As a songwriter, he’s found that most of his tunes lately end up being
about his family and his personal experiences - “although they’re
personal experiences that would be common to many, many people that
have lived similarly,” he says, “I believe that a broader
accessibility is a must if you are writing about personal
experiences.”

FESTIVALS AND MORE
Latini has been sharing those personal-experiences-via-song at plenty
of live dates; he’s got a full schedule booked already through the end
of this year, and says the gigs have been going well.
“I’ve enjoyed playing to some real great audiences, truly discerning
listeners,” he says, “the spring and summer dates have been especially
fun; I’ve always loved playing outdoors, and I like the festival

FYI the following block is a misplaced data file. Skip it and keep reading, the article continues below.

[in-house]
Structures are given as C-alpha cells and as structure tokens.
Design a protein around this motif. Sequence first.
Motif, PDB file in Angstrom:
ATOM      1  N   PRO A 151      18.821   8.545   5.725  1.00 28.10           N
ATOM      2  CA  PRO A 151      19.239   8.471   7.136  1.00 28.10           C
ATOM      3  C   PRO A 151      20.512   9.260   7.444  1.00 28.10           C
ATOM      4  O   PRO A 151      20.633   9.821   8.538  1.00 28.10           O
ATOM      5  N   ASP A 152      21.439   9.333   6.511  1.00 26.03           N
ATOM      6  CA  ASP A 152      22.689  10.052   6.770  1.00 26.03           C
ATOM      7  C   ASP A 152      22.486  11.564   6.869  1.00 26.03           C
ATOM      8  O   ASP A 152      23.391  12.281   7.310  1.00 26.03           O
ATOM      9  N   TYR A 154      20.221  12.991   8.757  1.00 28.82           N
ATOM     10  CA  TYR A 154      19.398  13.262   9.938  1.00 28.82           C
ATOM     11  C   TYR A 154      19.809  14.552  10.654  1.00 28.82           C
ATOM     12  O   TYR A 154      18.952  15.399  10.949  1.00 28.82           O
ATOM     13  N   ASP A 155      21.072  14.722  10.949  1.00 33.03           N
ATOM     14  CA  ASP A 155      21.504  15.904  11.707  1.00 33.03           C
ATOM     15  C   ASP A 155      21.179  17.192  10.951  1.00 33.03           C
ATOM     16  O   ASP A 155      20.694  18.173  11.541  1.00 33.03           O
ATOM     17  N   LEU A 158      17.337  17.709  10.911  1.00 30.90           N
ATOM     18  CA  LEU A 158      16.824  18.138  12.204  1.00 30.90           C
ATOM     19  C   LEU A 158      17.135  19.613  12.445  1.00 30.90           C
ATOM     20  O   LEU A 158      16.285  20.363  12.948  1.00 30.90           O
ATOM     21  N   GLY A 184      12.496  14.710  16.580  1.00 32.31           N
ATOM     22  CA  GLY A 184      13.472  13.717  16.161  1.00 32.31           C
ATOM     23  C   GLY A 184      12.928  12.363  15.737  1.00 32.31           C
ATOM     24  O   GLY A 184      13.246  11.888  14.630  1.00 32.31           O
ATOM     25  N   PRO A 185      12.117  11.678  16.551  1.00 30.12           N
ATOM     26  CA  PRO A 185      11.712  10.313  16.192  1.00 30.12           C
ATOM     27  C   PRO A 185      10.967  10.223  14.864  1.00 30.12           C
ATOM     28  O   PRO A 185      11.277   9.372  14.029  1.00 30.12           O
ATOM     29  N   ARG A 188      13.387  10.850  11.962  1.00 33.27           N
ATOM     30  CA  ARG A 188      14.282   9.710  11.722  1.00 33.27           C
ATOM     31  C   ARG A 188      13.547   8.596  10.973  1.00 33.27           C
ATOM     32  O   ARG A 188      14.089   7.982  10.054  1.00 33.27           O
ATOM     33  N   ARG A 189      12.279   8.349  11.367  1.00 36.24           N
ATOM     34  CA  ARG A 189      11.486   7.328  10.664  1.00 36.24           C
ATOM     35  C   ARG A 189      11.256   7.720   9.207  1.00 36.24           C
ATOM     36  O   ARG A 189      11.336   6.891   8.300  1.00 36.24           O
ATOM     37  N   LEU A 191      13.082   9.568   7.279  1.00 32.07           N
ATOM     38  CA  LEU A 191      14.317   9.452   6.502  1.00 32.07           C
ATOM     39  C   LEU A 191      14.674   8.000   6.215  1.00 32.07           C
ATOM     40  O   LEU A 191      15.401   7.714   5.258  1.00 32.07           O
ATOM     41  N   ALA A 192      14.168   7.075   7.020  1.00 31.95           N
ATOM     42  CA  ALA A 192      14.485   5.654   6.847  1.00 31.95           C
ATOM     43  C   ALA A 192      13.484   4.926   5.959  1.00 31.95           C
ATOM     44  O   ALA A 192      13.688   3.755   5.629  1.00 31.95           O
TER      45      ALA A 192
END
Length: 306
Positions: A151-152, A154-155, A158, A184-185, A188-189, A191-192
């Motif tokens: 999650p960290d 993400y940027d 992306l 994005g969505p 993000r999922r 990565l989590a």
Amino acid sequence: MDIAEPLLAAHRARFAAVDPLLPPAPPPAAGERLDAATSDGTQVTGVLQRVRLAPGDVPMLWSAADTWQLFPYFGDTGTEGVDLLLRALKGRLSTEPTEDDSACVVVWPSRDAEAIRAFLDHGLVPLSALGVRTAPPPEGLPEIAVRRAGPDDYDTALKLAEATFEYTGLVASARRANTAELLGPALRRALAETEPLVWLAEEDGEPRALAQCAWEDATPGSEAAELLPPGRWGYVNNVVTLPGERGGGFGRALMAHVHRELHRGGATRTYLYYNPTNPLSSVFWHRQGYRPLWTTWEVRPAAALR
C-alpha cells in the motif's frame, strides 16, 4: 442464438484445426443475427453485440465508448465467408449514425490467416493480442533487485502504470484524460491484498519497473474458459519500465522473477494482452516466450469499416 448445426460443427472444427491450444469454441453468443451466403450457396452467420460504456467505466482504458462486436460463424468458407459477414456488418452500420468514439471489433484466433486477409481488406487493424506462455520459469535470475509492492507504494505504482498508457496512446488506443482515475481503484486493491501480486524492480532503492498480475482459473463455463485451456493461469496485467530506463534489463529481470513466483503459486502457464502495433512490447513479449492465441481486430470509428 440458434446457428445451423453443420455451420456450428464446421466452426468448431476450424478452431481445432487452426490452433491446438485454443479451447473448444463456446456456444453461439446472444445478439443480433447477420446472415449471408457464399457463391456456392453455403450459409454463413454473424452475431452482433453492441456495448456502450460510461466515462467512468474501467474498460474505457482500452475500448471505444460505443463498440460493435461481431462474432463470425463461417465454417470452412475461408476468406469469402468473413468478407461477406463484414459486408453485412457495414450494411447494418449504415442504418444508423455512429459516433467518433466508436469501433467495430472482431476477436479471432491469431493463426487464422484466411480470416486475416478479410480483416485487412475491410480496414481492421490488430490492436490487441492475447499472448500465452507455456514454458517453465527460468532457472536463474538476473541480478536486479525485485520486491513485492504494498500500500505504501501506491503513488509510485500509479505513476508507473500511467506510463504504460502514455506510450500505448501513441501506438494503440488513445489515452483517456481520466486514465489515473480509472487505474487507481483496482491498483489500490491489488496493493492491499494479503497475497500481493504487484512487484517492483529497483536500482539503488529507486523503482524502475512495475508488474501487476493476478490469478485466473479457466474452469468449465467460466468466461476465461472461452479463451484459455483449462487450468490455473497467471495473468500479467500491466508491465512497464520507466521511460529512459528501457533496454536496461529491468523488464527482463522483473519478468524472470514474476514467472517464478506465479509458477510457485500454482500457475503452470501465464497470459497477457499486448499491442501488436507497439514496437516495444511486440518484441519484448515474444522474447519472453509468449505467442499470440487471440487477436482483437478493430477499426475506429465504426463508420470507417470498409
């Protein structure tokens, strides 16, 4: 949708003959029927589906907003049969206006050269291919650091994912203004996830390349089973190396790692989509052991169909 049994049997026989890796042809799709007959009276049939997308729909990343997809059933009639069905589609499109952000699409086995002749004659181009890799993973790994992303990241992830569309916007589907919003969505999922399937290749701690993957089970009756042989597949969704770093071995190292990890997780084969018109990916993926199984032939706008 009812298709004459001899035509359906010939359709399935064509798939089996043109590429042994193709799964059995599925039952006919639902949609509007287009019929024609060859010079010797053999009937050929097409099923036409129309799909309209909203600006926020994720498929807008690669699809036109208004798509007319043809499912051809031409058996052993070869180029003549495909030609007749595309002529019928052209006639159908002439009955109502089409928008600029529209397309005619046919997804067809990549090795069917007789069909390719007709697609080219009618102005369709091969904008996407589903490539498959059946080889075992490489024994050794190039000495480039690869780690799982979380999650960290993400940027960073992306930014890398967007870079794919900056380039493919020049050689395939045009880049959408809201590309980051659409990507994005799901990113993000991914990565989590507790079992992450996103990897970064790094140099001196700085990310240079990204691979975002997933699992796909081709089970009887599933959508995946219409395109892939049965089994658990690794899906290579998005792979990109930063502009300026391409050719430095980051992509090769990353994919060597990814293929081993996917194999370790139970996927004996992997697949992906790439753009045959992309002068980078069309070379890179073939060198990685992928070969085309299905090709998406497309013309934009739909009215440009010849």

atmosphere and playing on a bill with other acts. I enjoy the
camaraderie of rubbing elbows with the other players.”
For the Charlevoix show, Latini says he’ll have his regular bass
player, John Sperendi, in tow (they’ll be performing as a duo), and
will be playing plenty of original music.
“We’ll be playing songs from my back catalog, as well as songs from my
upcoming record, which is due out early next year,” he says, “we’re
really excited about this new CD - it’s got great material, great
players and really, really great performances.”
Those performances, of course, will include Latini’s own impressive
guitar skills, as well as his distinctive voice, which he says is
perfectly cut out to bring the blues to every song.
“My vocal ability is basic and raw, and no matter what musical style
I’m singing in, it always comes out a little bluesy. I think it’s the
gravel,” he chuckles.

Singer-songwriter John Latini will be performing as part of the Black
Cat Concert Series on Saturday, July 31 at 8 p.m. The concerts take
place at the Dhaseleer Farm, 15794 Paddock Road in Charlevoix,
telephone 231-675-7768. Tickets for the Latini show are $15; get more
info at
www.blackcatconcerts.com.